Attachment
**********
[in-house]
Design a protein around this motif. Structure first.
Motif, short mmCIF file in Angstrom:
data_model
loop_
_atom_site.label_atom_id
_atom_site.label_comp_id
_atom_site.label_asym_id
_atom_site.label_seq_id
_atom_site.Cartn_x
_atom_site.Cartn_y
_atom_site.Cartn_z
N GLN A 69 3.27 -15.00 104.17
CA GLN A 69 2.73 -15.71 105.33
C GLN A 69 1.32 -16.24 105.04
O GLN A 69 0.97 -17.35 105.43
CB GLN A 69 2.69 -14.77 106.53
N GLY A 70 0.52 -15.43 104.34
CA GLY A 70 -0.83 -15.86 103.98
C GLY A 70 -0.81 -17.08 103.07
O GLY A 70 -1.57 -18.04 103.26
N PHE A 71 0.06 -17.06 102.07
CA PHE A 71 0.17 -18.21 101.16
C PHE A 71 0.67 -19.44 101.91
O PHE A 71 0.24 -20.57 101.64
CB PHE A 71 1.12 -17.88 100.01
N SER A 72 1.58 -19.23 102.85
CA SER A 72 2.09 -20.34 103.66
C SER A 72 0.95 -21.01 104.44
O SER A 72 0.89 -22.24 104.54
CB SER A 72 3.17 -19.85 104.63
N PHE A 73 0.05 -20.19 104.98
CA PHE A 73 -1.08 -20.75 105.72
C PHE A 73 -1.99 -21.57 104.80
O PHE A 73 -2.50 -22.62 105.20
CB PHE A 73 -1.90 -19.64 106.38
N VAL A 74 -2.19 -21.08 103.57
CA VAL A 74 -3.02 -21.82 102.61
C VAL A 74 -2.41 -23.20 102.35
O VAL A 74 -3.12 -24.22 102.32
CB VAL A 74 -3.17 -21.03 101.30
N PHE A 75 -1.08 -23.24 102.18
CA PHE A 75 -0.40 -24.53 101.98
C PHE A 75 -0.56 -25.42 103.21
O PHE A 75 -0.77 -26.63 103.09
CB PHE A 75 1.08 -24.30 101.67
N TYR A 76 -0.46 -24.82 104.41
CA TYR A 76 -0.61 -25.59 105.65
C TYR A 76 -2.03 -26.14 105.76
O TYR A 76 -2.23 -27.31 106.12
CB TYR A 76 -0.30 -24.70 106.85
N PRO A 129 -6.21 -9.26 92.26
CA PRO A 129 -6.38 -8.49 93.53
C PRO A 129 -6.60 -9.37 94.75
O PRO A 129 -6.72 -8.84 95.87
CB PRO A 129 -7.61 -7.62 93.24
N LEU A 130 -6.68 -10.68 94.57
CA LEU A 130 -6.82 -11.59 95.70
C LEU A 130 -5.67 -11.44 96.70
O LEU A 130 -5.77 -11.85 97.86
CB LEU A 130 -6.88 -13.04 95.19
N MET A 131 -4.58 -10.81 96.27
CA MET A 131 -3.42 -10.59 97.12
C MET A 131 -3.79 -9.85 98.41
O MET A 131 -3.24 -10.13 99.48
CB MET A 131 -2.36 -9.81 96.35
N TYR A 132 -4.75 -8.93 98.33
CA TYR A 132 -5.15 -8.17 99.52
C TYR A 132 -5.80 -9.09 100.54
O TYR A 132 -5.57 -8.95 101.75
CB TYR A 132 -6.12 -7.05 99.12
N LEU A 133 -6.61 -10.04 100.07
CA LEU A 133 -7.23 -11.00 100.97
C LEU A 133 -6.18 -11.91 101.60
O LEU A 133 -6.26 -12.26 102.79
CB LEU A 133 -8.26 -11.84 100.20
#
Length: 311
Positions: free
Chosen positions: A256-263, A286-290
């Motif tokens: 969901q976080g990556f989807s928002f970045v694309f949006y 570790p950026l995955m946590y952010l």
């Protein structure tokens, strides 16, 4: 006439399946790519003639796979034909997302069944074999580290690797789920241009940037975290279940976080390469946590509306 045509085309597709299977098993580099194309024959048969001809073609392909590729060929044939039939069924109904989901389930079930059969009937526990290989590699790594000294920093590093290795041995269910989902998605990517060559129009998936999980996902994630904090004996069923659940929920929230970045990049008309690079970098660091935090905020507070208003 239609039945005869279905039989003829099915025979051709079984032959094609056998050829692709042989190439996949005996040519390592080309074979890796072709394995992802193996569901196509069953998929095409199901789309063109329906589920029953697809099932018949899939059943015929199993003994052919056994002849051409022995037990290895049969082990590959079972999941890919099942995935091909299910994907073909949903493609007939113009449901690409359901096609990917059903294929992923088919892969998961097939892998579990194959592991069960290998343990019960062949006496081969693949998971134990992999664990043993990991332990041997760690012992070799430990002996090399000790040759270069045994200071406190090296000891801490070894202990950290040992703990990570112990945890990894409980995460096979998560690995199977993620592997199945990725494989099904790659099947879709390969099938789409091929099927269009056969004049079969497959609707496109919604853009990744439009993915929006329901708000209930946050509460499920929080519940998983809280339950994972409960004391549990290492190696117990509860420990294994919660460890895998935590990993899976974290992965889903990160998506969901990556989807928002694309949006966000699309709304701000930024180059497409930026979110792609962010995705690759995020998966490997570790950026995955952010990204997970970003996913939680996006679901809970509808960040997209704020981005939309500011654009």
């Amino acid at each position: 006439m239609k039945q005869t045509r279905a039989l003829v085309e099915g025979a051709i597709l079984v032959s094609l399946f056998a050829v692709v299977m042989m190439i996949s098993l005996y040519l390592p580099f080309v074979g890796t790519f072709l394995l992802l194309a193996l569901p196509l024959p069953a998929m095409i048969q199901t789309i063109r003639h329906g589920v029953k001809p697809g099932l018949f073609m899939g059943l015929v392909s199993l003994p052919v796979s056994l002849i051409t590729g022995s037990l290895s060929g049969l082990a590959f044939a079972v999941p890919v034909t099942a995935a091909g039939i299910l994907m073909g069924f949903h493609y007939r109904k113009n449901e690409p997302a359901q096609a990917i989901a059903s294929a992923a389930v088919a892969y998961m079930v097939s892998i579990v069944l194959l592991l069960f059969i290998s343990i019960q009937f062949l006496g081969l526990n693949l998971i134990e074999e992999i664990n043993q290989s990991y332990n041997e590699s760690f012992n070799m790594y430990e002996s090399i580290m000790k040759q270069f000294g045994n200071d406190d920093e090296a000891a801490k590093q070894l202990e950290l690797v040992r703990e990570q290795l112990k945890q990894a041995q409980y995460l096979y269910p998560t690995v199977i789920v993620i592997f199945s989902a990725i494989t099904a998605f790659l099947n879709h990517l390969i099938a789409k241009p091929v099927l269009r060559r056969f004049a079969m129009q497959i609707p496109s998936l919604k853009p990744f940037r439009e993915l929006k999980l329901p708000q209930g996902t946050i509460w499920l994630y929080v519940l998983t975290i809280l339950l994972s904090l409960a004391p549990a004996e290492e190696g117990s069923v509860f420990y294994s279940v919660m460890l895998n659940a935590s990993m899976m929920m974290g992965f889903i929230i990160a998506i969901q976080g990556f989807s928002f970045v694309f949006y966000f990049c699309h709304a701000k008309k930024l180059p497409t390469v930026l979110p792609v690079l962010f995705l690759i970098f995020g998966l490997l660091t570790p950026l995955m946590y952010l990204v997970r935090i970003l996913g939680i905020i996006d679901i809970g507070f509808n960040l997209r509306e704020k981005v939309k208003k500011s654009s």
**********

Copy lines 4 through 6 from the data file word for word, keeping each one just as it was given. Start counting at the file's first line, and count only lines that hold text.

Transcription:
data_model
loop_
_atom_site.label_atom_id